Don’t get me wrong — I love vacations. Edisto Island in May was paradise and our family spent June bonding on a cross-country trip. One thing I learned on the way to California and back was that your home’s location is everything — but you can certainly add your own personal touches.
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Once I got frustrated with cilantro’s reluctance to grow at the same time that I have piles of fresh tomatoes to turn into salsa, I started researching heat-loving substitutes for it. Papalo is a frequent recommendation and it certainly survives our hot summers.
Papalo (Porophyllum ruderale) is also called papaloquelite, poreleaf, mampuito, summer cilantro, and […]
I’m an organic gardener and I grow a lot of roses — about 50 varieties of them.
They don’t look like sticks with a bow on top and I don’t treat them any better than my other garden perennials. I plant mine in the same amended soil I use for the rest of my plants, […]
I am a seed hoarder. I still have packets from 2000 in my seed box because they might germinate whenever I get around to planting them. I don’t like to take risks with my vegetables though, so I make sure to have a fresh seed supply.
Peas are not great seeds to save, the older […]
I don’t do a lot of companion planting. I’m not saying it doesn’t work (and I’d love to hear your success stories) but other than being impressed by mycorrhizal fungi and permaculture plant guilds I haven’t felt the need to find my plants a buddy.
Oh! EXCEPT for growing fennel next to plants plagued by […]
It’s not just tasty and easy — it’s pretty!
For those of you who like to dress up your flower beds with some well-placed ornamental edibles (or who want show-stopping potagers) this is an oft-overlooked plant you can’t be without.
For those of you who like to eat — it’s celery! Of course you should […]
Nothing goes better with fresh garden tomatoes than fresh garden basil. It’s likely these two plants are responsible for the majority of intrepid forays into vegetable gardening.
Cooks and gardeners quickly find there is more to basil than the overpriced “sweet” grocery store blister packs or the spice aisle’s jars full of lifeless confetti. Basil […]
Peppers can be very easy to grow but many gardeners struggle with productivity, sun scald, or getting those darned red ones to ripen. A few simple tricks can make a big difference in getting a successful harvest.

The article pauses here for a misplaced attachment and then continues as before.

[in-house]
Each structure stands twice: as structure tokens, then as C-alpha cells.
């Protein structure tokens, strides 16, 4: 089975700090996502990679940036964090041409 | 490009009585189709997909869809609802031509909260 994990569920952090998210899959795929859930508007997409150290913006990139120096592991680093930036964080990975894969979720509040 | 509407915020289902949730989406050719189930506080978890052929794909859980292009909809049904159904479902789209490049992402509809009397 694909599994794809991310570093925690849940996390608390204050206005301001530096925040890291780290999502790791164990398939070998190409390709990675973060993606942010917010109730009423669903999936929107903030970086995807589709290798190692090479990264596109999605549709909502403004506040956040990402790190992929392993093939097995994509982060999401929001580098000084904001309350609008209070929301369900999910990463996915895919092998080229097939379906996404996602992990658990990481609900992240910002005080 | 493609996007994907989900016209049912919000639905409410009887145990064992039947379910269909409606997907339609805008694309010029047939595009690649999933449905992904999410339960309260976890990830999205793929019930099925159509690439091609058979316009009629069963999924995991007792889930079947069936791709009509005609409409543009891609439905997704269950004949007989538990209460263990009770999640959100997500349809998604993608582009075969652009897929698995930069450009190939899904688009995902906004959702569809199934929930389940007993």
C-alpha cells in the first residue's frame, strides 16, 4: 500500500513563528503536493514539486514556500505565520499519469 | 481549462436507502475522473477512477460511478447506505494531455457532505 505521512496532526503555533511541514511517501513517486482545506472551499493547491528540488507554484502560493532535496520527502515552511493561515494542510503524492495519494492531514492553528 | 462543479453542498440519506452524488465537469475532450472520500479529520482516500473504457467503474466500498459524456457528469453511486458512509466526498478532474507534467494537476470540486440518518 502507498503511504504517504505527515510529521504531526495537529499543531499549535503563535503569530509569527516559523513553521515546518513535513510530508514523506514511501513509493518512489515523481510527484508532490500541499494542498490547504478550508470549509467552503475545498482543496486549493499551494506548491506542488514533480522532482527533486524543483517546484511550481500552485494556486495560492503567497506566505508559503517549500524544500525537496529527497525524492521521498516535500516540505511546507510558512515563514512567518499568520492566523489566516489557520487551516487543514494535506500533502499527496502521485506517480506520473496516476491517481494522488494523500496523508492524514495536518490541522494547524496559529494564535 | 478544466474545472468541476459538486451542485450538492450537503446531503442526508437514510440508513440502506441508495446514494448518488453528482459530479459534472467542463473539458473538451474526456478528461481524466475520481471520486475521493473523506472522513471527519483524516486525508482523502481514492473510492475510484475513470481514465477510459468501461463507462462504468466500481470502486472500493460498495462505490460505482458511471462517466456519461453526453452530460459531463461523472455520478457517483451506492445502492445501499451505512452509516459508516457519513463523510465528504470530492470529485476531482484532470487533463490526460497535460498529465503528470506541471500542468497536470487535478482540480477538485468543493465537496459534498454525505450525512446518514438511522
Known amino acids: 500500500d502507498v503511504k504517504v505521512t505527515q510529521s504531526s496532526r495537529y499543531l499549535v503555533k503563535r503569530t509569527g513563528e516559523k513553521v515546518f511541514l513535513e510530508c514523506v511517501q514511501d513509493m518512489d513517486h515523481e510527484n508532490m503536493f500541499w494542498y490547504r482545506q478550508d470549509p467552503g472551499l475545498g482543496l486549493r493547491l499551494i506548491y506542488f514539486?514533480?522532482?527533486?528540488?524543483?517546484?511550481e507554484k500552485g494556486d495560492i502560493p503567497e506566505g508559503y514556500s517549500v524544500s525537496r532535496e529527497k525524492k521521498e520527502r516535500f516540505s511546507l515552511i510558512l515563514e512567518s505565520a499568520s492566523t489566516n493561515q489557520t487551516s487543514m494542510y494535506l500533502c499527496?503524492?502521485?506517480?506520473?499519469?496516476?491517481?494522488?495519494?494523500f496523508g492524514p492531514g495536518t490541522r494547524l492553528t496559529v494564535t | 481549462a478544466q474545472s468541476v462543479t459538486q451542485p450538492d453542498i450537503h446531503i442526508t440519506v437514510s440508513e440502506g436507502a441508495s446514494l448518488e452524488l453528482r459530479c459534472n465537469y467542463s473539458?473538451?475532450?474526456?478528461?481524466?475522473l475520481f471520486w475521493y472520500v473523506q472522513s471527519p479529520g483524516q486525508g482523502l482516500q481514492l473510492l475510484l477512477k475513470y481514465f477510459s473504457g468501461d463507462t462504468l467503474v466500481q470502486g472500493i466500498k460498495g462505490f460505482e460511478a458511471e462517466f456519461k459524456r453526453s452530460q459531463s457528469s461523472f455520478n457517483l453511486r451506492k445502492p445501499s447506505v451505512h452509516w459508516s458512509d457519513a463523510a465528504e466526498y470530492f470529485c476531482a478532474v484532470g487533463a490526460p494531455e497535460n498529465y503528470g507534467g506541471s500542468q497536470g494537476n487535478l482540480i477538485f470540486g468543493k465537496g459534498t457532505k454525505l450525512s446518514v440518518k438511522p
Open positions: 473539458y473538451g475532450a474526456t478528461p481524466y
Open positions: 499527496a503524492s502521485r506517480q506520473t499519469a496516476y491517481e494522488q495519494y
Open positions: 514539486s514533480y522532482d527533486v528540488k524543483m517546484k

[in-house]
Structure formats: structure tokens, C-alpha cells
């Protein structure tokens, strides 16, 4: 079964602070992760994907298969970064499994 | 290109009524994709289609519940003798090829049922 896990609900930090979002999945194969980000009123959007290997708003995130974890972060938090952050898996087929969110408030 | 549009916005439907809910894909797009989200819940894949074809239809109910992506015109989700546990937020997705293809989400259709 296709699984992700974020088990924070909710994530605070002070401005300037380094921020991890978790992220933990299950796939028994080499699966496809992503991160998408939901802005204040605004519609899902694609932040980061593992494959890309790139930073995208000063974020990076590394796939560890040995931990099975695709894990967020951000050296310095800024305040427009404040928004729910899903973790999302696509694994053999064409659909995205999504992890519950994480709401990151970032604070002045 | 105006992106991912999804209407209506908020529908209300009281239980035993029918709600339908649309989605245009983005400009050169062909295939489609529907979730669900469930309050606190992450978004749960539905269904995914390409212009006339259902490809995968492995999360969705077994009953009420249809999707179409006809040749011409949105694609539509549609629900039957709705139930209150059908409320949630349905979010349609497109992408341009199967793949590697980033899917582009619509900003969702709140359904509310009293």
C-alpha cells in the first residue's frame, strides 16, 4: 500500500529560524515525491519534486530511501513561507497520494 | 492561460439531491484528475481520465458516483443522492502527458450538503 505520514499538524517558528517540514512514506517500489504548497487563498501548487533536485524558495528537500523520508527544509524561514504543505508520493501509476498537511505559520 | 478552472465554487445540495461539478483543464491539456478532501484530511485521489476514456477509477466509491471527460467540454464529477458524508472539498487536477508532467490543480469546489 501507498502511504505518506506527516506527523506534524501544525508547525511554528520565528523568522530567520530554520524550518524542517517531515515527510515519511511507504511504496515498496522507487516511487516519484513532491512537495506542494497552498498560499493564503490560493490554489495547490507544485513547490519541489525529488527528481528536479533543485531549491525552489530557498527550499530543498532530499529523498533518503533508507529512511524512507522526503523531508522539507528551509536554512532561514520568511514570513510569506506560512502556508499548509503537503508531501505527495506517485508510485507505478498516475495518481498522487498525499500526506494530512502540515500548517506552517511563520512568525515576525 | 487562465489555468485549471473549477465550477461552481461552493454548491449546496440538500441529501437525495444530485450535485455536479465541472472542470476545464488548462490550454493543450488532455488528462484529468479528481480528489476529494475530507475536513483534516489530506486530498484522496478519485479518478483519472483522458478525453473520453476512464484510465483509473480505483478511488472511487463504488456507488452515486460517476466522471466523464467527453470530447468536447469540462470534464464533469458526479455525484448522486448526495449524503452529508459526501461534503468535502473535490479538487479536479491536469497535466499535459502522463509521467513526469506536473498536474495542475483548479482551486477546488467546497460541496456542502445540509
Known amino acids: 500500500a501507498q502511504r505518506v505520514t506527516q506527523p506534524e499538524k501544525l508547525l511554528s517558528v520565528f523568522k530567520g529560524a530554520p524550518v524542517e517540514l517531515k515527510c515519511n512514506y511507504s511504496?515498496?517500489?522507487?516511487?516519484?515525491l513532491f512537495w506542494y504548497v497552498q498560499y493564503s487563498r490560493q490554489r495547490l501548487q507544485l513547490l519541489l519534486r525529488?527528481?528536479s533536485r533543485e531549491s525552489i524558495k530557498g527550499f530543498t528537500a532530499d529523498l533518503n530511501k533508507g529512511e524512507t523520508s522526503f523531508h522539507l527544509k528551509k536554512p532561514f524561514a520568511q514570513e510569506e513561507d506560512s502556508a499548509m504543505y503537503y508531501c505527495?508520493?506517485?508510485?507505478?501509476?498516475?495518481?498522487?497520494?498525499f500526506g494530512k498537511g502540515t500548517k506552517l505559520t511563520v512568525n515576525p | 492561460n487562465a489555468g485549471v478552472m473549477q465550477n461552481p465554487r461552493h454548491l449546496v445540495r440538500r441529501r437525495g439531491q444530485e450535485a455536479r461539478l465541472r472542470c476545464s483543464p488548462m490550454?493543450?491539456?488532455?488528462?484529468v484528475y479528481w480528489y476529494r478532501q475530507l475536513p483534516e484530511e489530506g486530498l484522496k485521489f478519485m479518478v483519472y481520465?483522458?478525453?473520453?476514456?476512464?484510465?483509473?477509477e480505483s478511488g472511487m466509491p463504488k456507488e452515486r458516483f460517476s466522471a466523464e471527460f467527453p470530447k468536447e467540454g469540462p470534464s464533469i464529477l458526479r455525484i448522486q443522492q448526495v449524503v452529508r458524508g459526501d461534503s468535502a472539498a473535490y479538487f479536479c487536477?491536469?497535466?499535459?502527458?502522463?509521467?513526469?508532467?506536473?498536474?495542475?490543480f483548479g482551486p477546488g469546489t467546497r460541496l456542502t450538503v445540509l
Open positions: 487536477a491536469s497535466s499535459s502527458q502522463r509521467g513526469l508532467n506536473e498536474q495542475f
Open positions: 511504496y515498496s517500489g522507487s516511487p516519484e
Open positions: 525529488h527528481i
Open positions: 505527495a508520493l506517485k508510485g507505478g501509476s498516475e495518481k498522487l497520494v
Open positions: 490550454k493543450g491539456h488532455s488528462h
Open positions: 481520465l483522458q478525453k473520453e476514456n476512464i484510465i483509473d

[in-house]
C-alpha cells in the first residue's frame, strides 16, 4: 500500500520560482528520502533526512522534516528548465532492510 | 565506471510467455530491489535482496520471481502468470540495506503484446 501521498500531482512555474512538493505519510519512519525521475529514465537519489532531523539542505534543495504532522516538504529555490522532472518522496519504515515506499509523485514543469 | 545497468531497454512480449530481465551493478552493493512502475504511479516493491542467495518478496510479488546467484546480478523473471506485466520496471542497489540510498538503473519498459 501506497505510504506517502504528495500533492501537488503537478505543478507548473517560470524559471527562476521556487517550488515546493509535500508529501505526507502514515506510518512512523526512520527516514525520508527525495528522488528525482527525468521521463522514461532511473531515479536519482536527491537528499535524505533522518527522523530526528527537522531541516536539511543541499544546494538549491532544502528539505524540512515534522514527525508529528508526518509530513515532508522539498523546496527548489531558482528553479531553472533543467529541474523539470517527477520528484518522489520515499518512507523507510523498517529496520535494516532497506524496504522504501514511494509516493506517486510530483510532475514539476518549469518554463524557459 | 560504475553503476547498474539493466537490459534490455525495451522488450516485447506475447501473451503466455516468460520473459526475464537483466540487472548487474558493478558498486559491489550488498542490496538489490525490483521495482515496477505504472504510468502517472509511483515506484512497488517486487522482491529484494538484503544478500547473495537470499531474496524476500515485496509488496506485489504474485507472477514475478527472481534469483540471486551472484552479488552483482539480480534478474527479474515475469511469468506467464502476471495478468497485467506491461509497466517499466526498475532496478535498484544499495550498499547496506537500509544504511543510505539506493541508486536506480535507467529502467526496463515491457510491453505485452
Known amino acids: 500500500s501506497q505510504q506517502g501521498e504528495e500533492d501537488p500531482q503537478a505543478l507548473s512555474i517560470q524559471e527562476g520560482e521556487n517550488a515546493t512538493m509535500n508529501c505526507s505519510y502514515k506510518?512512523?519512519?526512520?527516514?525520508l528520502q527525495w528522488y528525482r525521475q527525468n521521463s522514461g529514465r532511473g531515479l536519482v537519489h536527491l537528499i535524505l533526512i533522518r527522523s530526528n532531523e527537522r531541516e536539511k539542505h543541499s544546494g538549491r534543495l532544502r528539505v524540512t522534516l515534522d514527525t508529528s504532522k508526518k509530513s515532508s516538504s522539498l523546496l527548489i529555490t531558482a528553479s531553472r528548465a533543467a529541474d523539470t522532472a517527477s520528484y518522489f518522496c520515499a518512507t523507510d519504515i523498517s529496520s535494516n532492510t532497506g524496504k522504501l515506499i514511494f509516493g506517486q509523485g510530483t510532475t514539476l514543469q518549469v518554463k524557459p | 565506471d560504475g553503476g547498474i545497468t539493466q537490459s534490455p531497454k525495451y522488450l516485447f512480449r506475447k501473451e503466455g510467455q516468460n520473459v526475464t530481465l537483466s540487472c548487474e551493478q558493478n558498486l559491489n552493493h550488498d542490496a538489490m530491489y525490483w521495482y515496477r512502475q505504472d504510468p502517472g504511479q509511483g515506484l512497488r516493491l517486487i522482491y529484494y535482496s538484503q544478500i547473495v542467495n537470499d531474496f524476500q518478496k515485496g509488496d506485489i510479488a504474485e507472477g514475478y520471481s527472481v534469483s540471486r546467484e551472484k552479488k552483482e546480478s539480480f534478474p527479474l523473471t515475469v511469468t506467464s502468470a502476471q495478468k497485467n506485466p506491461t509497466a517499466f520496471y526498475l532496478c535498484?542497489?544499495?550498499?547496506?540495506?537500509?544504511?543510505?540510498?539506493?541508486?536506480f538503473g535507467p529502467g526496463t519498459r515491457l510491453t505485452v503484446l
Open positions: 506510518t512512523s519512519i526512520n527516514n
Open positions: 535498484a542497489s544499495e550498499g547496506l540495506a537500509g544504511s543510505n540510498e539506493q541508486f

Photo Caption: Sometimes it is hard to wait until peppers are fully ripe… those first ones tease […]
Appalachian residents don’t usually think of citrus as a local food but if you have a sunny window or greenhouse to overwinter your plants, you can grow citrus indoors.
Photo Caption: Beautiful and functional, this great-tasting lemon has a pink interior when sliced.
Citrus require a moderate amount of maintenance to thrive but they […]
You may have noticed a tree in your neighborhood that rains dull green baseballs each fall.
In most locations these heavy fruits are ignored by residents, unless a group of children utilizes them in a mock battle – or better yet – discovers the joys of walnut-stained body parts and clothing. Often my mother threw […]
If you’ve enjoyed passionfruit in exotic juice mixes or as a novel fruit from the produce section, you may be surprised at how easy it is to grow at home.
Photo Caption: Our native passionfruit is ripe when it turns yellow and slightly wrinkled, unlike the grocery store varieties that are ripe when purple […]
A common problem for southern eggplant-lovers are flea beetles.
Though they resemble their namesake in appearance and behavior, flea beetles would rather turn our eggplant foliage into Swiss cheese than drink blood. Some of us would prefer the bloodletting since a large infestation of beetles can kill a crop before it even sets flowers!
If you don’t have room for sprawling melon plants to ramble across all the pathways in your garden, give trellising a try.
Photo Caption: A cluster of mini melons forming on the trellis. They won't exceed 2lbs when ripe.
Lightweight melons are perfect for trellising because they do not strain the stems of the […]
Photo Caption: This young artichoke was planted in the spring in my new garden.
This is a vegetable I am still experimenting with to get a formula that really works, but I thought I’d share my observations so far.
Out of growing them collectively (but not consecutively) for about 5 years, I’ve harvested artichokes […]
One of my backyard fig trees
If you live in USDA zone 5 or warmer, you can grow figs.
If you are in a colder area, the trick is to put your fig in a microclimate (next to the sunny wall of a building, beside a sheltered, blacktop driveway, etc.). You can also try […]
Photo Caption: Yardlong beans should be harvested when they are around the same thickness as a pencil.
Who needs fertilizer? Heat and humidity seem to be the recipe for lush, productive yard long bean vines. They’re tasty, too — this is one oddball veggie you won’t just try once for novelty’s sake. The elongated […]
Though I usually prefer heirlooms over hybrids, this is one of the few I make an exception for. I adore the tender, flavorful, and visually stunning summer squash I pick from my prolific ‘Zephyr’ plants.
Photo Caption: Not just pretty, 'Zephyr' squash has an outstanding flavor and texture.
The care and growth habit is […]
Though it is the same species as regular cilantro, the variety ‘Delfino’ looks like a different plant.
Looking more like a fennel than a cilantro, the ferny foliage of this 2006 All American Selections winner also has the same strong, sweet flavor as its large leafed counterpart. It makes a wonderful garnish, but it certainly […]